Autoclaves and Moist Heat Sterilization: Use With Surgical Tools

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  • 0:38 Purpose of an Autoclave
  • 1:55 Bacterial Endospores
  • 3:55 Downside of an Autoclave
  • 5:18 Lesson Summary
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Lesson Transcript
Instructor: Artem Cheprasov
This lesson will discuss what an autoclave is, how it works, and what it's used for. We'll also discuss the disadvantages of an autoclave, bacterial endospores, and how sterilization is important in the context of nosocomial infections.

Pressure Cooker

If you had the choice of using a pressure cooker or a simple stovetop pot to cook something really quickly, you would certainly choose the pressure cooker. That's because a pressure cooker seals your food and water in an airtight container. A source of heat, such as gas or electricity, is applied to the pressure cooker to heat it up. Because neither air nor liquid can escape the pressure cooker, it heats up very quickly and therefore allows the food to be cooked much more quickly as well.

The Purpose of an Autoclave

This same exact process is used in something known as an autoclave, which is a device that uses moist heat - that is to say steam - under pressure to kill off all living microorganisms on any object or surface contained within it.

The reason an autoclave uses steam is because steam is essentially the gaseous form of water. Water is able to transfer heat far more rapidly than dry air alone. I'm sure you know this if you've watched some survival show that mentioned the fact that people lose body heat far more rapidly in cold water than cold, dry air. Well, now you know why.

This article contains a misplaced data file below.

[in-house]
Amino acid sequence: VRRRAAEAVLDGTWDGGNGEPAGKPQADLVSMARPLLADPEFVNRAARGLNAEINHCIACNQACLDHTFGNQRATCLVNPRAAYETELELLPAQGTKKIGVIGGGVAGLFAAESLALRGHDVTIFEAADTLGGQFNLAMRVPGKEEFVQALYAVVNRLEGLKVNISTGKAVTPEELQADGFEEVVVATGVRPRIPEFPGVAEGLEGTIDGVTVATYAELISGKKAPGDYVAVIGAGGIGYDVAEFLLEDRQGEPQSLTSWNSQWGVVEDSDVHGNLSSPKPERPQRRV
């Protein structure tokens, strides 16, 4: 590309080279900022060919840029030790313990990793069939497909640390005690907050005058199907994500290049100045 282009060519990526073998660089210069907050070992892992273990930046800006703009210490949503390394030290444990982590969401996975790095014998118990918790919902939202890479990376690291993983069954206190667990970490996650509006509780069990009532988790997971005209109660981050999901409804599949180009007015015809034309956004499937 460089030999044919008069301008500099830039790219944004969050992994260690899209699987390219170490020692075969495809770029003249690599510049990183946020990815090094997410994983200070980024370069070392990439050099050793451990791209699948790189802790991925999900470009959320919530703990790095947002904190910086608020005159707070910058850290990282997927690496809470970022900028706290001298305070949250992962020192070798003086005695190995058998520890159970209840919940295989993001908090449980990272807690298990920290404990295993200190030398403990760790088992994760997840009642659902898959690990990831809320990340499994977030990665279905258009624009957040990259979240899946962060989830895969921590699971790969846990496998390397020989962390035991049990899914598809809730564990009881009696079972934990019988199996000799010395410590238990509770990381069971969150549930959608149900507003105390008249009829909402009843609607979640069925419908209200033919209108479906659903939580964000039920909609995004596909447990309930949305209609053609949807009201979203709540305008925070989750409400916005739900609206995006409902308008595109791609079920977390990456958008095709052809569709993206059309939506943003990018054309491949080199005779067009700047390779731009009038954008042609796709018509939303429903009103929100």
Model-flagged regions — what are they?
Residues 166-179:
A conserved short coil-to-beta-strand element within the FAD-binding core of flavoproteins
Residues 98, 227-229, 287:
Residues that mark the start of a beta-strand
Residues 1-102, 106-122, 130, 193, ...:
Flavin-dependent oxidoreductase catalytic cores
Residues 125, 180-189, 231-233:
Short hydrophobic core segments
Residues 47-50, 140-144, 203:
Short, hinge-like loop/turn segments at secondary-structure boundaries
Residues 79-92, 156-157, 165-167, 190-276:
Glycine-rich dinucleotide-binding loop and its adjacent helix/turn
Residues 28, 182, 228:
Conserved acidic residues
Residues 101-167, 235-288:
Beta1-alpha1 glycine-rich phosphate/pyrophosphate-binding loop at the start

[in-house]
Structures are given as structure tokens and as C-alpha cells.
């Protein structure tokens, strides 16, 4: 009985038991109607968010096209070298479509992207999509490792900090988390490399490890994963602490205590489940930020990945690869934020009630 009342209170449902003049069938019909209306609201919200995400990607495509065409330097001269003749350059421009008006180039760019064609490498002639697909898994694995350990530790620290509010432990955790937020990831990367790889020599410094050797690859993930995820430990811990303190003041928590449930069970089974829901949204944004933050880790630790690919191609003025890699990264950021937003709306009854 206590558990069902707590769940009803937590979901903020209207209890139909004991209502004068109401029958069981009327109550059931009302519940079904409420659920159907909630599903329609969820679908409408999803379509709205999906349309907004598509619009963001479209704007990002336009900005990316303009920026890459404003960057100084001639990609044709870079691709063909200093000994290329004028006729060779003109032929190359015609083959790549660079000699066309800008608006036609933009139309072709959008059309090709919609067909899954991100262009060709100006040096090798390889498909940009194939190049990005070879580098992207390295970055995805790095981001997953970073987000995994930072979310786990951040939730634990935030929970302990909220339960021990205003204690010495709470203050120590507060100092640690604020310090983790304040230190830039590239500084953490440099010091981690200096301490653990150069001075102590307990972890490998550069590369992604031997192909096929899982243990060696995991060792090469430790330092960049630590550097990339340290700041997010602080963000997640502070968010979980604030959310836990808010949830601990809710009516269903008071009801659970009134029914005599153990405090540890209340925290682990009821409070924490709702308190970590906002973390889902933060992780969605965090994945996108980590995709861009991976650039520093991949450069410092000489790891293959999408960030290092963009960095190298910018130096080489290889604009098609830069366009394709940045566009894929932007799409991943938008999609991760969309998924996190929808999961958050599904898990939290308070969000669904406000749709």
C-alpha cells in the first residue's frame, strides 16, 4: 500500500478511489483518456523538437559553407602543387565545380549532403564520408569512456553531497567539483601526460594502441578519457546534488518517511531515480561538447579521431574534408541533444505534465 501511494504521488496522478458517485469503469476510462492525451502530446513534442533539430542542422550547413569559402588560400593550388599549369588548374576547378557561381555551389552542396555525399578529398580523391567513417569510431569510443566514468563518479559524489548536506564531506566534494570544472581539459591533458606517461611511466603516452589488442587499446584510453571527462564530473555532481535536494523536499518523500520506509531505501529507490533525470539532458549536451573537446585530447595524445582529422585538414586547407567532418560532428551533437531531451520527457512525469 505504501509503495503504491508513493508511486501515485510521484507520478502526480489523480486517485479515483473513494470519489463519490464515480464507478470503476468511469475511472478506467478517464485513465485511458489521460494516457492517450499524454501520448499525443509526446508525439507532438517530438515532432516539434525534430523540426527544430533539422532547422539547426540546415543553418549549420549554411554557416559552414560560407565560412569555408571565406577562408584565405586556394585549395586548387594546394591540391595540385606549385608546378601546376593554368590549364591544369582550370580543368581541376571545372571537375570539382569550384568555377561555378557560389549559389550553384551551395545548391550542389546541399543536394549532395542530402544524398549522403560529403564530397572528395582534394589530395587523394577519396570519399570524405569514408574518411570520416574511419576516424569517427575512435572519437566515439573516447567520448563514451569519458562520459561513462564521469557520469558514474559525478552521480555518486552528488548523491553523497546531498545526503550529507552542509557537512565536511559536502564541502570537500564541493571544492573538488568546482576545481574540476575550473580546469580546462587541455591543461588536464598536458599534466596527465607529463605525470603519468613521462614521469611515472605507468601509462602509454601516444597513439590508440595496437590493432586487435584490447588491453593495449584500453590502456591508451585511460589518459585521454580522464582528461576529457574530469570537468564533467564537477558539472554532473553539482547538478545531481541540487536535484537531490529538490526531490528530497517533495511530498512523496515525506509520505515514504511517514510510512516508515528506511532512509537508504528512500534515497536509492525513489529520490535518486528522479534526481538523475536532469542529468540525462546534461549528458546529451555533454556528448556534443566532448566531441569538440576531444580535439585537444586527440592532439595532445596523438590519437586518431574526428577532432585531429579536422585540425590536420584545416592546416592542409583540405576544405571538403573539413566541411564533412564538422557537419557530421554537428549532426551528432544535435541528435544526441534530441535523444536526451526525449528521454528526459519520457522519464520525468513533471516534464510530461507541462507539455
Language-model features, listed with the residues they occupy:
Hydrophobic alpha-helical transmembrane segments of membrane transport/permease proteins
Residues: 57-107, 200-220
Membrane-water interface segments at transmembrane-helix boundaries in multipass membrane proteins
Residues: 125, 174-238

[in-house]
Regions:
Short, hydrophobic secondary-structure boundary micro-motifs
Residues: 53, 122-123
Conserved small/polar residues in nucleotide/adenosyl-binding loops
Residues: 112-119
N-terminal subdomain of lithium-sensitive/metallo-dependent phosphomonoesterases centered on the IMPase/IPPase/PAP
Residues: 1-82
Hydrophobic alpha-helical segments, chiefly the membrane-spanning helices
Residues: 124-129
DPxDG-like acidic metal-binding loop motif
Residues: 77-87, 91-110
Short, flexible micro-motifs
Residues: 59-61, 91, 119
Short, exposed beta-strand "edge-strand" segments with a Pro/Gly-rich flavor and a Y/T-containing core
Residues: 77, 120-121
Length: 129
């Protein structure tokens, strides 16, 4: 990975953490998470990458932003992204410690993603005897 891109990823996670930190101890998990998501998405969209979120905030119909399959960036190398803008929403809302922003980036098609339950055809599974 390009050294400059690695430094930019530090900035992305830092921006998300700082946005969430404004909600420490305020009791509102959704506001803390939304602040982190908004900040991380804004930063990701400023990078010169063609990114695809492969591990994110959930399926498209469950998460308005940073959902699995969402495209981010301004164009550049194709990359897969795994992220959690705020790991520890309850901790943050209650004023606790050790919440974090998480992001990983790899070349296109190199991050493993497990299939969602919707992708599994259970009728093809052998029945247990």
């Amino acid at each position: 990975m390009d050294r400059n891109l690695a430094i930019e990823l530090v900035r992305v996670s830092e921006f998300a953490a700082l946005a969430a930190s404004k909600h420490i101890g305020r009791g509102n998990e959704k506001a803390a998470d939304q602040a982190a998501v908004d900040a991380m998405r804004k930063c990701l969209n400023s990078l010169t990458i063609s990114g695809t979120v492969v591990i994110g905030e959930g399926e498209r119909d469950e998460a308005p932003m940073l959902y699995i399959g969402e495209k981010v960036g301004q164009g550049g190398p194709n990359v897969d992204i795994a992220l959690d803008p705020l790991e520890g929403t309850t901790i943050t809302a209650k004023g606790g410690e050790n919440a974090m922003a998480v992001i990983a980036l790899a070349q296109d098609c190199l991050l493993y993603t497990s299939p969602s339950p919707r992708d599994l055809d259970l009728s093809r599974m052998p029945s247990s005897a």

Anyways, the steam in an autoclave is placed under a lot of pressure. This is done because anything under pressure, be it steam or dry air, increases in temperature very quickly. The very high temperature in an autoclave quickly kills off any living organism in it, including bacteria, fungi, viruses, and even hardy bacterial endospores. That's because extremely high heat will denature, or destroy, the proteins that make up the structure of a pathogen.

Bacterial Endospores

The reason an autoclave is so important is because it gets the pesky endospores, which are very tough, long-lasting, dormant forms of bacteria that I mentioned before. These spores are formed when conditions favorable to the bacteria's survival, such as proper temperature and nutrition, become unfavorable.

You can liken these bacteria to hedgehogs. If everything is fine, the hedgehogs will walk around just minding their business. If they feel threatened, they curl up into a protective ball. That's what these bacteria do - they curl up into a protective ball when they feel threatened.

These endospores are so tough that they can resist common household disinfectants. What's worse is they can survive being boiled for a very long time.

So, one way to ensure they are killed on something as important as surgical instruments, which will enter your body during an operation, is to put those instruments in an autoclave. That's because the extremely high heat and pressure generated by the autoclave will be enough to kill even these hardy forms of bacteria.

If they are not killed with proper sterilization and they enter your body by way of a contaminated surgical instrument during an operation, you may end up dying from a nosocomial infection, which is an infection acquired in the hospital.

As a way to ensure that an autoclave reached a critical temperature high enough to kill these endospores and other microorganisms, test strip indicators are placed within it during an autoclaving procedure. If they change color, they indicate that the autoclave reached a temperature high enough to kill all life forms inside it.

You can liken this color-changing test strip to those cool heat-sensitive pencils. If you hold one for long enough, it will change color due to the heat coming off of your hand. These test strips use the same exact principle.

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